Methicillin-resistantStaphylococcus aureus(MRSA) was a rare occurrence in US hospitals until the mid-1970s. Since that time outbreaks of MRSA infection have been reported in both large and small hospitals, in rehabilitation facilities, and in nursing homes. Transmission has been documented not only between hospitals, but between long-term care facilities and hospitals, and between the community and hospitals. Patient-to-patient spread within hospitals appears to result from transient colonization of the hands of health care workers, with colonized or infected patients being the intrahospital reservoir for the organisms. The best opportunity for control of outbreaks of MRSA infection within hospitals may depend on the rapid recognition of newly admitted patients who are colonized or infected. The laboratory plays a crucial role in this by providing prompt and accurate information indicating the presence of MRSA. Susceptibility test methods found to be most reliable for detecting MRSA in the USA include the broth microdilution MIC determination (performed in salt-supplemented broth), the Bauer-Kirby test with slight modification, or oxacillin-salt agar screening plates.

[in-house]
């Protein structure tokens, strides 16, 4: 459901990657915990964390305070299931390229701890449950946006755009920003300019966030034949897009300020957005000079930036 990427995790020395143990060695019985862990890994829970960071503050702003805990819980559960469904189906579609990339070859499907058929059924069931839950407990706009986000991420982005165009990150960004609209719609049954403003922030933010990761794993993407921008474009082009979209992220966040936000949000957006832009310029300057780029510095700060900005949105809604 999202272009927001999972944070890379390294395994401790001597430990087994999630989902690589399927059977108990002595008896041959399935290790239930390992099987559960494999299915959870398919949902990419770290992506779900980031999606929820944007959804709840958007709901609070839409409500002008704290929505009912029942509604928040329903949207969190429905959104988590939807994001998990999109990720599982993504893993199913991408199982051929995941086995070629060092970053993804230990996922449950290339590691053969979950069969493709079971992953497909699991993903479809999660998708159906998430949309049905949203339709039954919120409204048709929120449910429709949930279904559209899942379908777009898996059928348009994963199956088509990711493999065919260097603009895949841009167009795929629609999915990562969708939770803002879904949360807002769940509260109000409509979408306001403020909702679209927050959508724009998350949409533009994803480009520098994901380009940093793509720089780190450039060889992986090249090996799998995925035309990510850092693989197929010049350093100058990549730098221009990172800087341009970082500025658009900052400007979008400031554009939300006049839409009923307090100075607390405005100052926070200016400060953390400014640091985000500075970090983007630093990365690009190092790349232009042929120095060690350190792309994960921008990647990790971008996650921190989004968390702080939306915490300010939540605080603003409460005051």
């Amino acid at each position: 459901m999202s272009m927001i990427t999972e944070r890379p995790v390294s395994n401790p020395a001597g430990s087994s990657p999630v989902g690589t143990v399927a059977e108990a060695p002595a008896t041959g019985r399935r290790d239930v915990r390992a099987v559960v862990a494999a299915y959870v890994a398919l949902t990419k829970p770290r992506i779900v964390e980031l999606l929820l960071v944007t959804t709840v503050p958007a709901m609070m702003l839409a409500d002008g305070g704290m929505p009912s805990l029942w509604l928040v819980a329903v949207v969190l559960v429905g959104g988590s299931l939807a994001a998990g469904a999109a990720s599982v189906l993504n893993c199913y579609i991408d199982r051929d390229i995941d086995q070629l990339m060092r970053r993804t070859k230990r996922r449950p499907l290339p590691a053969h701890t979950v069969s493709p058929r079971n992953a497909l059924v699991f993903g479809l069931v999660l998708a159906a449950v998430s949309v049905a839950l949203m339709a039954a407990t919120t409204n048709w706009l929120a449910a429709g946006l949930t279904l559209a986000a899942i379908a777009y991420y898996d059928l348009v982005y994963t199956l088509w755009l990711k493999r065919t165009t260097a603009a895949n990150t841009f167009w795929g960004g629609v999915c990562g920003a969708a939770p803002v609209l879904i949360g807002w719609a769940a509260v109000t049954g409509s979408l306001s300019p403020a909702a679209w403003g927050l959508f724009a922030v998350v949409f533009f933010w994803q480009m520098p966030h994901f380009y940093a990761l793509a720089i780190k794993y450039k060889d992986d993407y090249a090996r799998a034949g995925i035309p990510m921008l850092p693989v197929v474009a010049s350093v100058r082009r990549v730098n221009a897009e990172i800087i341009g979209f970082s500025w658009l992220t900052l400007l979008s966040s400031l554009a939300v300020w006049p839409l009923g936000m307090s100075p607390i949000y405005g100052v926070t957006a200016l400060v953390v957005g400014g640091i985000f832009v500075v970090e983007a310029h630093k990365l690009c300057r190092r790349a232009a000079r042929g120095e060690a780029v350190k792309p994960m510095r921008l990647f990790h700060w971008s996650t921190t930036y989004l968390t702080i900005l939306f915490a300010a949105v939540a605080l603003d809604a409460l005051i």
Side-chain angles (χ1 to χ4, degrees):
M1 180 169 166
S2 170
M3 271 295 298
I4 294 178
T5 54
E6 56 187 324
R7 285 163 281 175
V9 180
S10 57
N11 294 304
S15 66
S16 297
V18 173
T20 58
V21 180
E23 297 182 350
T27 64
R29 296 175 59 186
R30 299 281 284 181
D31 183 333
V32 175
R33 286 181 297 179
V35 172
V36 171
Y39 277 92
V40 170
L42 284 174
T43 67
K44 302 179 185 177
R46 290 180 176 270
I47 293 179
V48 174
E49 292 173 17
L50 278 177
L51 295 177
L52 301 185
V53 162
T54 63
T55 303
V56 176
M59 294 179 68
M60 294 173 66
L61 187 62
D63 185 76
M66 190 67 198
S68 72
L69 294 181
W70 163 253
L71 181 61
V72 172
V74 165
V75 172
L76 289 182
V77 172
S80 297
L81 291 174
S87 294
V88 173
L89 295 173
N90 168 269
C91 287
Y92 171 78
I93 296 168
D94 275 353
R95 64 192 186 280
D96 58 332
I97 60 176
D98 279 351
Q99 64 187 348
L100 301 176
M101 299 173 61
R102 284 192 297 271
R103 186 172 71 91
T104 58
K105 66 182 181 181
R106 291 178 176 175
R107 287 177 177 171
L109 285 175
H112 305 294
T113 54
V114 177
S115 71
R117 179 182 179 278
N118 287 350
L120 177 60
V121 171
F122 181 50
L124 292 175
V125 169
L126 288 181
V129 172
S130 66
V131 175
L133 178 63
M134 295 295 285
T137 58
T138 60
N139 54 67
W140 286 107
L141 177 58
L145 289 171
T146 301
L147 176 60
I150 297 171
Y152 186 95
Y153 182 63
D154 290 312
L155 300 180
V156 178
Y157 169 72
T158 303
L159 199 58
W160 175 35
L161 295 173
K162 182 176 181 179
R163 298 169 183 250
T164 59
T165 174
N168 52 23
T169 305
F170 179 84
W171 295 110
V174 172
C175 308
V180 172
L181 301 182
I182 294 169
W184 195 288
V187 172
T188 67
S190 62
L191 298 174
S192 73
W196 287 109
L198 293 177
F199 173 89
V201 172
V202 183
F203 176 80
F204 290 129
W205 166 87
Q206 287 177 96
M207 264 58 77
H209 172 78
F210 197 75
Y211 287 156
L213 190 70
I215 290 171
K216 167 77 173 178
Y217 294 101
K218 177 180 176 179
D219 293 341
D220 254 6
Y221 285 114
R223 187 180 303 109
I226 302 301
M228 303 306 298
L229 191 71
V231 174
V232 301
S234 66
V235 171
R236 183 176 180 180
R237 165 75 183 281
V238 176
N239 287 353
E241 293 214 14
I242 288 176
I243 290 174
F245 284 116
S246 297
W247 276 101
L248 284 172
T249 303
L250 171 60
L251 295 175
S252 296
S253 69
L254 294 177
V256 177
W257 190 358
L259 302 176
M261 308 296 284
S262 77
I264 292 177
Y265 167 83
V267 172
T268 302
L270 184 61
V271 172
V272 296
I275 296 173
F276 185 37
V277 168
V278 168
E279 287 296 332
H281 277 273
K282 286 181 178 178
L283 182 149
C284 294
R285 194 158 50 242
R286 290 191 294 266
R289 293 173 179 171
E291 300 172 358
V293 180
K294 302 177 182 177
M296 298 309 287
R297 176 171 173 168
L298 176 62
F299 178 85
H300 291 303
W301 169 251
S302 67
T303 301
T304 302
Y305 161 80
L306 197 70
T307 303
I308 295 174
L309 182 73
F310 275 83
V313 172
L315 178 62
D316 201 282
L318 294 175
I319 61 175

ASJC Scopus subject areas
- Microbiology (medical)